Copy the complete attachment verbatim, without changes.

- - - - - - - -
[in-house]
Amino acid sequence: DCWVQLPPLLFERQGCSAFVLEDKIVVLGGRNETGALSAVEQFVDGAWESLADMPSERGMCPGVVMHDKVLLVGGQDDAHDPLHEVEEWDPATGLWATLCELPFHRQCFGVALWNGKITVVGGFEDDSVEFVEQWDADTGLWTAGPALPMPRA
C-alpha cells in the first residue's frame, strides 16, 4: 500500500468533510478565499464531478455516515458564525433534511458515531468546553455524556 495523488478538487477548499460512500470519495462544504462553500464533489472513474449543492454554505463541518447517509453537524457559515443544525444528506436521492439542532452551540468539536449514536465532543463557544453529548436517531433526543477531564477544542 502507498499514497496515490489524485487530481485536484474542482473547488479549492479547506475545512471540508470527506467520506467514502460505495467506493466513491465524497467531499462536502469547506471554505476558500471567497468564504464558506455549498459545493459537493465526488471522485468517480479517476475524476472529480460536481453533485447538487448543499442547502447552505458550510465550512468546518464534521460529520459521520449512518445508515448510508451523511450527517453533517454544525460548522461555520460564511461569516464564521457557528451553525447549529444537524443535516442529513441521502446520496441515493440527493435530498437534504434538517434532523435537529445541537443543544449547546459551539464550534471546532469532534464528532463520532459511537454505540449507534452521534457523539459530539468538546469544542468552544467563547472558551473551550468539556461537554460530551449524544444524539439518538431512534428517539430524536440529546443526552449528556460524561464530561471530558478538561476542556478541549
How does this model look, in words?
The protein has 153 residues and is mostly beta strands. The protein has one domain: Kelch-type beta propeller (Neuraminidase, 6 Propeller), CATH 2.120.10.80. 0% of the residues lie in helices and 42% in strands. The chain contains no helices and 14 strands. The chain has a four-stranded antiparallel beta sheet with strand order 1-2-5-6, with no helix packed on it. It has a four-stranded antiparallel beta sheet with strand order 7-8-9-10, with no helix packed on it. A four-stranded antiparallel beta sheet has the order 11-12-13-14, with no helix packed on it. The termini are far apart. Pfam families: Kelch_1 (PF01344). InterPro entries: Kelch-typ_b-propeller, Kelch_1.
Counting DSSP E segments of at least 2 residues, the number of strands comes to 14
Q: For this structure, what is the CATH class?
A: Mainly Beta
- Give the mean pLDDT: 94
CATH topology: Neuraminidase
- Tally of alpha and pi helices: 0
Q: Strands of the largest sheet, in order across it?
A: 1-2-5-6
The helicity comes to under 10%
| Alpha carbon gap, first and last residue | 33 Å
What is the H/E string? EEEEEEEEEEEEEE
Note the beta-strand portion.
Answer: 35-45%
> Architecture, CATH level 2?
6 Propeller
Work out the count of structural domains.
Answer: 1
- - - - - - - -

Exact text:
[in-house]
Amino acid sequence: DCWVQLPPLLFERQGCSAFVLEDKIVVLGGRNETGALSAVEQFVDGAWESLADMPSERGMCPGVVMHDKVLLVGGQDDAHDPLHEVEEWDPATGLWATLCELPFHRQCFGVALWNGKITVVGGFEDDSVEFVEQWDADTGLWTAGPALPMPRA
C-alpha cells in the first residue's frame, strides 16, 4: 500500500468533510478565499464531478455516515458564525433534511458515531468546553455524556 495523488478538487477548499460512500470519495462544504462553500464533489472513474449543492454554505463541518447517509453537524457559515443544525444528506436521492439542532452551540468539536449514536465532543463557544453529548436517531433526543477531564477544542 502507498499514497496515490489524485487530481485536484474542482473547488479549492479547506475545512471540508470527506467520506467514502460505495467506493466513491465524497467531499462536502469547506471554505476558500471567497468564504464558506455549498459545493459537493465526488471522485468517480479517476475524476472529480460536481453533485447538487448543499442547502447552505458550510465550512468546518464534521460529520459521520449512518445508515448510508451523511450527517453533517454544525460548522461555520460564511461569516464564521457557528451553525447549529444537524443535516442529513441521502446520496441515493440527493435530498437534504434538517434532523435537529445541537443543544449547546459551539464550534471546532469532534464528532463520532459511537454505540449507534452521534457523539459530539468538546469544542468552544467563547472558551473551550468539556461537554460530551449524544444524539439518538431512534428517539430524536440529546443526552449528556460524561464530561471530558478538561476542556478541549
How does this model look, in words?
The protein has 153 residues and is mostly beta strands. The protein has one domain: Kelch-type beta propeller (Neuraminidase, 6 Propeller), CATH 2.120.10.80. 0% of the residues lie in helices and 42% in strands. The chain contains no helices and 14 strands. The chain has a four-stranded antiparallel beta sheet with strand order 1-2-5-6, with no helix packed on it. It has a four-stranded antiparallel beta sheet with strand order 7-8-9-10, with no helix packed on it. A four-stranded antiparallel beta sheet has the order 11-12-13-14, with no helix packed on it. The termini are far apart. Pfam families: Kelch_1 (PF01344). InterPro entries: Kelch-typ_b-propeller, Kelch_1.
Counting DSSP E segments of at least 2 residues, the number of strands comes to 14
Q: For this structure, what is the CATH class?
A: Mainly Beta
- Give the mean pLDDT: 94
CATH topology: Neuraminidase
- Tally of alpha and pi helices: 0
Q: Strands of the largest sheet, in order across it?
A: 1-2-5-6
The helicity comes to under 10%
| Alpha carbon gap, first and last residue | 33 Å
What is the H/E string? EEEEEEEEEEEEEE
Note the beta-strand portion.
Answer: 35-45%
> Architecture, CATH level 2?
6 Propeller
Work out the count of structural domains.
Answer: 1